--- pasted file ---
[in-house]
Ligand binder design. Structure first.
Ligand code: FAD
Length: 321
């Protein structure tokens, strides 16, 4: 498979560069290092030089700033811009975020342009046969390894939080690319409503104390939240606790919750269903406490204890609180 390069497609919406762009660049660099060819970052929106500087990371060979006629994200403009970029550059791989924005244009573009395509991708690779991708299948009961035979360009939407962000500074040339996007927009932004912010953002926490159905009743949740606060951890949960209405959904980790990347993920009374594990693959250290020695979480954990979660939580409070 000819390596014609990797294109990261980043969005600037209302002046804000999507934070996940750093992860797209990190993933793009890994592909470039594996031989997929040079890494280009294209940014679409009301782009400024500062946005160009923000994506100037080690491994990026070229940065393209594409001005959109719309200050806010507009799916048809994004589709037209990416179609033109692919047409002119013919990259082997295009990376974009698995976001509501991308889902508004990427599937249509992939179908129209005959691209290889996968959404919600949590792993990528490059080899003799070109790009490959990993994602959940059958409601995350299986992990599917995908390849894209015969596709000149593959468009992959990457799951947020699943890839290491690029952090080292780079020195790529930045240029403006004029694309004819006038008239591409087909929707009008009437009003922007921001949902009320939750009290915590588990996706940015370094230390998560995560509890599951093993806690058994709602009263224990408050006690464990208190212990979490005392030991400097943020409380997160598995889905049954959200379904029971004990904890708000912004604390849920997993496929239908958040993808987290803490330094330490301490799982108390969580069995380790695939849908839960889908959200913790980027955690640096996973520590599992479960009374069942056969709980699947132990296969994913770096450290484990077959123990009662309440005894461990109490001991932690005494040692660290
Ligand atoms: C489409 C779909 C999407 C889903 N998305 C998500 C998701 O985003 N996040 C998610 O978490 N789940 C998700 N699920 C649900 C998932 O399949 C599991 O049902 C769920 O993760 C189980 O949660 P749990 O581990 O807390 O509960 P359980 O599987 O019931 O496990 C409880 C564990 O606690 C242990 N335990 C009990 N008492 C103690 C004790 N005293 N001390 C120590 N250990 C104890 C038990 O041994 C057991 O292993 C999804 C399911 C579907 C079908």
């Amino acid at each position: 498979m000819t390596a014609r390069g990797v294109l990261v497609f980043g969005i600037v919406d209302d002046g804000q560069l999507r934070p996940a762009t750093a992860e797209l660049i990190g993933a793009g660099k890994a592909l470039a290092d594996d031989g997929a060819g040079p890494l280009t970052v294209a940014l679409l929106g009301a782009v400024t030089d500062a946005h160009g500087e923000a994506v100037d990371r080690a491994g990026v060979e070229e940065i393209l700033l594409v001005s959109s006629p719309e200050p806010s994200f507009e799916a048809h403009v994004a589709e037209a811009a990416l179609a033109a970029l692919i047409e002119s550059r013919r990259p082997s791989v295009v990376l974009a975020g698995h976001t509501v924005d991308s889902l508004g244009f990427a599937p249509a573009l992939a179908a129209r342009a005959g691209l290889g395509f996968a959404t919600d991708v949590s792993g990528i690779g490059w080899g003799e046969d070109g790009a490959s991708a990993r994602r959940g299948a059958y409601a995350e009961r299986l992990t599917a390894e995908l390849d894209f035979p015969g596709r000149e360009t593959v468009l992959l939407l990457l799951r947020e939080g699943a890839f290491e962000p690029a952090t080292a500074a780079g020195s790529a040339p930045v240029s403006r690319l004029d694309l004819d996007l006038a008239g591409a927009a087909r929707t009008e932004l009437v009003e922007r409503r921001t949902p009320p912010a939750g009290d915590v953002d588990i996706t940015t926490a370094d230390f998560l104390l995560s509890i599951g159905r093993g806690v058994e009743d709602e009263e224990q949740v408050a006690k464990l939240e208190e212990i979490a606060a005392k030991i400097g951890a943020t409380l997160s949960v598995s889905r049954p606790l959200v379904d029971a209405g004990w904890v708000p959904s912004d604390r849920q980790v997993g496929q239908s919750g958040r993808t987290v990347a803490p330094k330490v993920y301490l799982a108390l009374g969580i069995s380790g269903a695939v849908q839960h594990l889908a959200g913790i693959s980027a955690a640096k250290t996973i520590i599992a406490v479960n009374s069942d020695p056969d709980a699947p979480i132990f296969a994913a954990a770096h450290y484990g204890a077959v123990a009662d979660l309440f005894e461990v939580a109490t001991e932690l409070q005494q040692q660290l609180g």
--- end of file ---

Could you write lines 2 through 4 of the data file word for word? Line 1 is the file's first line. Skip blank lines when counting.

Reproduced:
Ligand binder design. Structure first.
Ligand code: FAD
Length: 321